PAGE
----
shants,

chants, we have butchered, starved, vastations. But as Cæfar's conquests plundered and enslaved, the subjects lifted the yoke on the neck of Rome, and provinces of lawful princes; and Indian gold has undermined the Eng. all the imported diamonds of the east lith conftitution ; for, when heaven

out. blaze the crimson that inflicts heroes on mankind, it geneought to ftain our cheeks, or the in- rally accompanies them with their dignation that ought to have fired consequences, the loss of liberty-to them, when more recent Machiavels the vanquished, certainly; to the vichave called for applause on their de. torious, often!

cannot

GENEALOGY OF THE ABERCORN FAMILY.

From Walpoliana, Vol. II. I HAVE fallen into some mistakes and Duke of Chatelheraut, whose

for want of a proper genealogy of eldest son James became insane, John, the Abercorn family.

the second son, was created Marquis [The following little memoir, re- of Hamilton in 1599. mitted to the editor by an ingenious

6. The third son, Claud, was, in correspondent in Ireland, will serve 1585, created Lord Paisley, and his to rectify those mistakes, and will at eldest son, James, was made Earl of the same time prove interesting to the Abercora in 1606. By Mariana, admirers of the Memoires de Gram. daughter of Lord Boyd, he had five mont, perhaps the most witty and fons and three daughters

. amufing of literary productions. Mr • The three eldest sons failing of Walpole's chief errors occur p. 75 issue, the title of Abercorn afterwards and 273, in which he supposes George fell to the descendants of Sir George, to be the eldest son, and thus per the fourth son. (Alexander, the fifth plexes several of the anecdotes.] fon, became a count of the empire,

“ James, second Lord Hamilton, and settled in Germany, where his married Mary, daughter of James III. pofterity still remain.) and by her had James, third Lord “Sir George Hamilton, fourth Hamilton, first Earl of Arran. His son of James, first Earl of Abercorn, son James was second Earl of Arran married Mary *, third fifter to James,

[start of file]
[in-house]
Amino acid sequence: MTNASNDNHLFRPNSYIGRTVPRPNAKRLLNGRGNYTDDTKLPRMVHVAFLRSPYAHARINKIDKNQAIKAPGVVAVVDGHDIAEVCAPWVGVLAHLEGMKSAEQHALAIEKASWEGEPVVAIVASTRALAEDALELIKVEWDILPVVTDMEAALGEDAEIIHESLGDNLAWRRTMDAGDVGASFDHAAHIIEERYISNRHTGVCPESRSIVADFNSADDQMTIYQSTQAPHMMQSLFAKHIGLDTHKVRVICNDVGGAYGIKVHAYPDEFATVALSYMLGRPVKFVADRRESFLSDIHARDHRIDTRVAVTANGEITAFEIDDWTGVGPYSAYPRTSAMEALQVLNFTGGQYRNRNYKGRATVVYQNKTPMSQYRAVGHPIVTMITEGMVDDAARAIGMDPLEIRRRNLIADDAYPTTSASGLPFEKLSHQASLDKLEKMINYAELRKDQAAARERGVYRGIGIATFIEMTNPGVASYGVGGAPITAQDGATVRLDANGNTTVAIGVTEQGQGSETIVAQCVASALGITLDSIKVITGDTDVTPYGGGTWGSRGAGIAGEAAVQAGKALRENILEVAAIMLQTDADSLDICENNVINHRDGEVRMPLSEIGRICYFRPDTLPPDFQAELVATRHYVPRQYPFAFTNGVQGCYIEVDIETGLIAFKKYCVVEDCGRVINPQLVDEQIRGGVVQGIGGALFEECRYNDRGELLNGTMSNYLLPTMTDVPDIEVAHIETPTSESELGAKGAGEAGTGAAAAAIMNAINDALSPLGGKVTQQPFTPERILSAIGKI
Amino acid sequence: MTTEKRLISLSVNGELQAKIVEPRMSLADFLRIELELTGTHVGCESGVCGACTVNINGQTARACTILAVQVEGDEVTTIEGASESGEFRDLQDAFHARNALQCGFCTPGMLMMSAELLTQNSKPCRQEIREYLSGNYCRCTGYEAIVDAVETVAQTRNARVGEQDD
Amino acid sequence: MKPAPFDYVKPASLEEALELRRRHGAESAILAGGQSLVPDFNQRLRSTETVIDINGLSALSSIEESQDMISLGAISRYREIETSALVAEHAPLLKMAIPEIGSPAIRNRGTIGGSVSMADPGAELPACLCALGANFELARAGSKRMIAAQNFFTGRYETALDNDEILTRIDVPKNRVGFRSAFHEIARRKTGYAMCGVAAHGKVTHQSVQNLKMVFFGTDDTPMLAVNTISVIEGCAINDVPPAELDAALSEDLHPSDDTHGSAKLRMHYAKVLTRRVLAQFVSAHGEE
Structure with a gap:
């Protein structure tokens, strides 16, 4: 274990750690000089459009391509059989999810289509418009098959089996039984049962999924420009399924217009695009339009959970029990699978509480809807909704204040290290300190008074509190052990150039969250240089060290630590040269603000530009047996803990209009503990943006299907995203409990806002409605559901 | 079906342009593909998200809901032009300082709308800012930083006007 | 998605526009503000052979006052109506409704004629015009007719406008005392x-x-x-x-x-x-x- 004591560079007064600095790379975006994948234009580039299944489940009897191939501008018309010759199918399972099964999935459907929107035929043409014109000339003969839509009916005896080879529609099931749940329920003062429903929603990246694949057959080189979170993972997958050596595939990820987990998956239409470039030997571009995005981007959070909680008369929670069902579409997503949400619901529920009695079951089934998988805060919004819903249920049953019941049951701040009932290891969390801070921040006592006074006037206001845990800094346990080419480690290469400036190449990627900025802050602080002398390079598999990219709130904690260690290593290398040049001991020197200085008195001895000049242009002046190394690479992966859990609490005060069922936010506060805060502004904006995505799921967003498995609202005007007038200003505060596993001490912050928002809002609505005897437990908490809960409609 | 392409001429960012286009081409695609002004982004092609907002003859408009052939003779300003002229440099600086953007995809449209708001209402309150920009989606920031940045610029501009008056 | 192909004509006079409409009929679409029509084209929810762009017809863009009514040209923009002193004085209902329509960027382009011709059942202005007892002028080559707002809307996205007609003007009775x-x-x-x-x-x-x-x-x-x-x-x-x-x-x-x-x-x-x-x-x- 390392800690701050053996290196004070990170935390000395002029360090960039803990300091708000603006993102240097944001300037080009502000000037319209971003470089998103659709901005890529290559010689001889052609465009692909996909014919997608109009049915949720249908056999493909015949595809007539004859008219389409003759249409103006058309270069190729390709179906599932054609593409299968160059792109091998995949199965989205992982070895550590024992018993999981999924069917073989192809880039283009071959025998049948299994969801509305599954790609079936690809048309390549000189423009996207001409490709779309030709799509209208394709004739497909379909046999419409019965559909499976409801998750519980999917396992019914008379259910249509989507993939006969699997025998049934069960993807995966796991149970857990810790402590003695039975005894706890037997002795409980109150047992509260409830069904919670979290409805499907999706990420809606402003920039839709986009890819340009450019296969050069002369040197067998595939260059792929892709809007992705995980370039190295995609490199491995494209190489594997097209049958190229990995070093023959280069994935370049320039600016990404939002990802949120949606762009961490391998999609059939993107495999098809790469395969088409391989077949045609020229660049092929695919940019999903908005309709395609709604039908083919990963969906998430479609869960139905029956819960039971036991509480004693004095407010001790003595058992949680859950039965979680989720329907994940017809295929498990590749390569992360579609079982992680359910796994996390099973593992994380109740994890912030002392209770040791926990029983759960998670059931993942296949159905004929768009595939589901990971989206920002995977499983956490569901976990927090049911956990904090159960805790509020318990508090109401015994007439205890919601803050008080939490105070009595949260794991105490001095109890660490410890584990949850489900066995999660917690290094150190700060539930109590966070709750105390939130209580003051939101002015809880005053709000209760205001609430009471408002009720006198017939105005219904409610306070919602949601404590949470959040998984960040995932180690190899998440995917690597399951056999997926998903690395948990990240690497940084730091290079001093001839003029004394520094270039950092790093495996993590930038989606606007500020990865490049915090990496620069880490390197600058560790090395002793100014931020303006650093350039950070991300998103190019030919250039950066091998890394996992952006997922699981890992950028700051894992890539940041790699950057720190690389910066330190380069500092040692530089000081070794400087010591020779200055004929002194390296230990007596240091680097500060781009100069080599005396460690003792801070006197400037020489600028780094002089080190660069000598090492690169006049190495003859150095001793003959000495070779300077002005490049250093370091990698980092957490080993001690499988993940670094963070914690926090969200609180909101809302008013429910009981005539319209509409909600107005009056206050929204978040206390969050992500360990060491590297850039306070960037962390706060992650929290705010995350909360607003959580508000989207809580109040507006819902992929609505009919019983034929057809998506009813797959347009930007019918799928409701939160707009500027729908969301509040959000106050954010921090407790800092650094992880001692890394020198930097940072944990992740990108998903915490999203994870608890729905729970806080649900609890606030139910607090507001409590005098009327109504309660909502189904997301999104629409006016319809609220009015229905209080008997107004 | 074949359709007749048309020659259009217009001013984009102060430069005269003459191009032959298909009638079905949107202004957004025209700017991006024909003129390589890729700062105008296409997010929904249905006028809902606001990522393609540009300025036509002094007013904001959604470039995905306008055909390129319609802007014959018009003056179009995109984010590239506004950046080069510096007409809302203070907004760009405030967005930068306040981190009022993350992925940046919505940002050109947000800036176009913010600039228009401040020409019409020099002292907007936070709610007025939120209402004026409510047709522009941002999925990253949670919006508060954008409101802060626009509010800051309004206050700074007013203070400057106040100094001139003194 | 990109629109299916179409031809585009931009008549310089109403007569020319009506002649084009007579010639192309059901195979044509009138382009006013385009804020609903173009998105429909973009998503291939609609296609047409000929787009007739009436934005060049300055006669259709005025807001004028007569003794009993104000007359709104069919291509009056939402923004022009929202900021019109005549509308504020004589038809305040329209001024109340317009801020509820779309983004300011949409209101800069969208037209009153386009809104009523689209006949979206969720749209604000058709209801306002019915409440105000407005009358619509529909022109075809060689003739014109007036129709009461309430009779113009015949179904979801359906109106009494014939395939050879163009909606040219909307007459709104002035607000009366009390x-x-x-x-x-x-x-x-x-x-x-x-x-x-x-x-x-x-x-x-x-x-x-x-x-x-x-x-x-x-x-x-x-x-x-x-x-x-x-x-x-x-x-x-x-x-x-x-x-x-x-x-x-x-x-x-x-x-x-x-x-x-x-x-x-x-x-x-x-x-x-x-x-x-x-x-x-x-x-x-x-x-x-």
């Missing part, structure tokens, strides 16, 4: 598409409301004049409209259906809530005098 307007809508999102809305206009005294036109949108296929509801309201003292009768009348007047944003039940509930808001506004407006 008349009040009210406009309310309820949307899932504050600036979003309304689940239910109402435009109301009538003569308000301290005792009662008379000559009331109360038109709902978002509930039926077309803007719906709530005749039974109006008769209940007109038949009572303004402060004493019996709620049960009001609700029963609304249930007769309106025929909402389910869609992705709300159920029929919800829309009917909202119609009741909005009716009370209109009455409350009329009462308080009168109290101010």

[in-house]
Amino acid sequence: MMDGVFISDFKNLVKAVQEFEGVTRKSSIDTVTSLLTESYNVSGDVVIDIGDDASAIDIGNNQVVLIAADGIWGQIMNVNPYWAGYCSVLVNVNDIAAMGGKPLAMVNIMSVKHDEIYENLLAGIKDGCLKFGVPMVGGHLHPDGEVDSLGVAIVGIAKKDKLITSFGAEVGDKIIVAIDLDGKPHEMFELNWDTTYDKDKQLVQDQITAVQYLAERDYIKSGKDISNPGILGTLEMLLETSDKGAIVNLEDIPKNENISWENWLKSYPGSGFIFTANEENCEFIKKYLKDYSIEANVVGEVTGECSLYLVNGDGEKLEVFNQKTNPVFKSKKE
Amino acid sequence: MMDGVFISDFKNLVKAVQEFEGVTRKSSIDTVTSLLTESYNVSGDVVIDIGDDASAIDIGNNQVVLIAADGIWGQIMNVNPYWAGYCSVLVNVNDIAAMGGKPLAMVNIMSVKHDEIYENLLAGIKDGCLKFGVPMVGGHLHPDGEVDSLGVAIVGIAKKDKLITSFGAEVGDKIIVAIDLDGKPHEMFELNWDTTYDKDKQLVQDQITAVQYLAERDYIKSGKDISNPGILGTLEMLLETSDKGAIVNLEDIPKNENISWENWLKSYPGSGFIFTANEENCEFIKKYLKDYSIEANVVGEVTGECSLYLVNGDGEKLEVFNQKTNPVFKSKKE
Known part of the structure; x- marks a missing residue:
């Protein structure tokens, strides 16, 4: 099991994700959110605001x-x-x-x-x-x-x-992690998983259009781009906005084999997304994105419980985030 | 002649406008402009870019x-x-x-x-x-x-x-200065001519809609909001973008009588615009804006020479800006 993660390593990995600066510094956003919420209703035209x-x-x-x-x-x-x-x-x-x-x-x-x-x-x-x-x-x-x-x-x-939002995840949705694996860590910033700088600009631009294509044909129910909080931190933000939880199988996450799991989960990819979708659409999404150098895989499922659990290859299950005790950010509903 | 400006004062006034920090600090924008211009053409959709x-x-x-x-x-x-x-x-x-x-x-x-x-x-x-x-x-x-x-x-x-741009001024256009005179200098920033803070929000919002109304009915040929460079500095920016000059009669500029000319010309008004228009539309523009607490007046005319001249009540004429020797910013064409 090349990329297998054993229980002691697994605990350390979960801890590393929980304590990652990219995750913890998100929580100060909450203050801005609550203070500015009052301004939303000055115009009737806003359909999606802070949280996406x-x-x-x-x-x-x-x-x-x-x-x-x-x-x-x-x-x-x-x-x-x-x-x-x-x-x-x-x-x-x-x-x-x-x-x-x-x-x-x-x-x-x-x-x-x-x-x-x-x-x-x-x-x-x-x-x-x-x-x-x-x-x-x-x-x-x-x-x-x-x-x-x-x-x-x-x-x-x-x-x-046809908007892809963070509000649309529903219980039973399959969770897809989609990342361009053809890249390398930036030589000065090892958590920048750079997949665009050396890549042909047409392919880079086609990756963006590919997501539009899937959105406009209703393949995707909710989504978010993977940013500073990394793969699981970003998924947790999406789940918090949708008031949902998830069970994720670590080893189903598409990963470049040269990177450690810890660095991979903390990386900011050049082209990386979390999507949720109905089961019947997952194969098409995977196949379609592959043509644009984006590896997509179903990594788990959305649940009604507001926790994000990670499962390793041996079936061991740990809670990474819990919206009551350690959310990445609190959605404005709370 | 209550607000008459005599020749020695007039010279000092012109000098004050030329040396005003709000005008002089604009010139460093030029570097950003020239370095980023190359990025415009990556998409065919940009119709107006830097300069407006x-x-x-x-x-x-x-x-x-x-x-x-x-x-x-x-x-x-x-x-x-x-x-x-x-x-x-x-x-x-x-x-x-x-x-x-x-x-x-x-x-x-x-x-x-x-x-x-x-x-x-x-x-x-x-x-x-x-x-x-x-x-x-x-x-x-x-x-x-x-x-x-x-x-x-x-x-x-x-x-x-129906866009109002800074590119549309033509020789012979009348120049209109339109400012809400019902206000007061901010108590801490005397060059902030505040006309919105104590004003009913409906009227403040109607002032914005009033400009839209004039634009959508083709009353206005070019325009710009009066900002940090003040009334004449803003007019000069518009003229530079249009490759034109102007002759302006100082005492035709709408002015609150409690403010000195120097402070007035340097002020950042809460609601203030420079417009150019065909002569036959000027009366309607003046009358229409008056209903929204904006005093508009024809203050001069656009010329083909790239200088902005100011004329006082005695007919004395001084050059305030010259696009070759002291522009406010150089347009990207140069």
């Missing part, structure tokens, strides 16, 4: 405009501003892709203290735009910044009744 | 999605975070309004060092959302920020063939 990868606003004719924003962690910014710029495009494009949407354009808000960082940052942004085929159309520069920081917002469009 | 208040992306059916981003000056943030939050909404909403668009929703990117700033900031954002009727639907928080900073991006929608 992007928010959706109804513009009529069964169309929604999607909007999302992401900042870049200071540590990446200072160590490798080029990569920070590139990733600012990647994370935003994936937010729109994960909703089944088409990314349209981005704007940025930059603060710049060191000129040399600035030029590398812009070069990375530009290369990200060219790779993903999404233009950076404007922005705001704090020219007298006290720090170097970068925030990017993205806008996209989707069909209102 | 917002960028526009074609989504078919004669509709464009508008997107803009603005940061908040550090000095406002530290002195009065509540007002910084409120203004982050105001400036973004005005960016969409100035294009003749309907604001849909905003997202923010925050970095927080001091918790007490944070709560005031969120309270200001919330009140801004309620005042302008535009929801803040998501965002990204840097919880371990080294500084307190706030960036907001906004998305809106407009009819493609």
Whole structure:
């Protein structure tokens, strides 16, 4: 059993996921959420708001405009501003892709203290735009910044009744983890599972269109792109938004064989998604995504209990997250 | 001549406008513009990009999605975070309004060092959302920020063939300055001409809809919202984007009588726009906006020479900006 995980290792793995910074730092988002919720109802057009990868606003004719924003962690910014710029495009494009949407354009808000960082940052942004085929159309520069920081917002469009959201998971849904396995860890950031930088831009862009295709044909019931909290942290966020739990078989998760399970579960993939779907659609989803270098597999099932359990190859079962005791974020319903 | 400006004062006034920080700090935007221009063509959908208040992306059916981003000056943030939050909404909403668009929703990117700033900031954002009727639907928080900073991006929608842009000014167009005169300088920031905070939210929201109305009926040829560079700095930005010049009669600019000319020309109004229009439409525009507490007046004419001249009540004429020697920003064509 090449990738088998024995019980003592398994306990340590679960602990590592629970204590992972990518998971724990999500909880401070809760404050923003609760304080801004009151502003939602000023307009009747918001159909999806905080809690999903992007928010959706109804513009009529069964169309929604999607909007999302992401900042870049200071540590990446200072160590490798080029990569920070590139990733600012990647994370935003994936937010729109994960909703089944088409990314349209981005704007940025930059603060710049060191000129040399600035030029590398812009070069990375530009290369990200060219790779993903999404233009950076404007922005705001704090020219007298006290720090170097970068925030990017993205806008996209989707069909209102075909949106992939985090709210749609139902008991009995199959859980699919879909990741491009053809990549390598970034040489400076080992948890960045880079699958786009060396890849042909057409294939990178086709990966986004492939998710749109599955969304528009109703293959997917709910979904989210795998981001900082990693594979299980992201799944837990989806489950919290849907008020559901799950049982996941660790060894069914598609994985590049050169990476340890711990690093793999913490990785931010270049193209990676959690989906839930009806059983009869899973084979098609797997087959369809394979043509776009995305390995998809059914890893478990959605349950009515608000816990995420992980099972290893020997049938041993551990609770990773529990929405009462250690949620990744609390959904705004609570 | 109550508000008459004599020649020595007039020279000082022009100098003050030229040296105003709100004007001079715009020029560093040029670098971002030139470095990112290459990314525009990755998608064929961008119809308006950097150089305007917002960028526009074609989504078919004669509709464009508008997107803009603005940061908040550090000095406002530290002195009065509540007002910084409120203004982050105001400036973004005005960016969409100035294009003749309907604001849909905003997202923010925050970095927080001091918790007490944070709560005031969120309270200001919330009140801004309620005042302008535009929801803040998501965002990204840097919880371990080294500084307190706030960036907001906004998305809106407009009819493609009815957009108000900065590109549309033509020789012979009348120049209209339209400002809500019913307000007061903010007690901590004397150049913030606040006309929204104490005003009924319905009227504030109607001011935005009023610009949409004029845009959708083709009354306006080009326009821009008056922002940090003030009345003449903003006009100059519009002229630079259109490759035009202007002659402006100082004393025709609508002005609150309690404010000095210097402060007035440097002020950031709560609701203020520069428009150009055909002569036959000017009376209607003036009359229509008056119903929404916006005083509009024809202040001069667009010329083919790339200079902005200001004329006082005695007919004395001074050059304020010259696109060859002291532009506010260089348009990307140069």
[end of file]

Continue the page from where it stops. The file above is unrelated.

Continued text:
first *" Her nieces, daughters of James; Duke of Ormond, Lady Mary, wife of the Earl of Devonshire, and Lady Elizabeth, second wife of the Earl of Chesterfield, were the reigning beauties of the age. There are pictures of both in the present Earl of Ormond's cafle at Kilkenny. Lady Chestergeld was of a delicate form and low ftature ; her daugliter married John, Earl of Strathmore.

"The scandalous chronicles of those times charge her husband, the Earl of Chefterfield, with having caused her to take the facrament upon her innocence, respect. ing any intimacy with the Duke of York, and having then bribed his chaplain to put poison into the facramental cup, of which the died. His son, Lord Stanhope, by his third wile (father of Lord Chesterfield the author), married Gertrude Saville, daughter of the Marquis of Halifax. The Marquis and Ear! quarrelled, and the latter made his son bring his wife to Litchfield, breaking off all intercourse between the families. Lady Stanhope had always on her toilette her father's “ Advice to a Daughter :” her father-in-law' took it up one day, and wrote in she title-page, " Labour in vain.” On her side, the lady made her fervant out of livery carry in his pocket a bortie cf wine, another of water, and a cup; and whenever she dined or fupped in company with her father-in-law, either at his own house or abroad, the never would drink but of those liquors, from her servant's hand, as a hint to the Earl, and society present, of what his lordship was suspected of having effected by a

facred beverage.".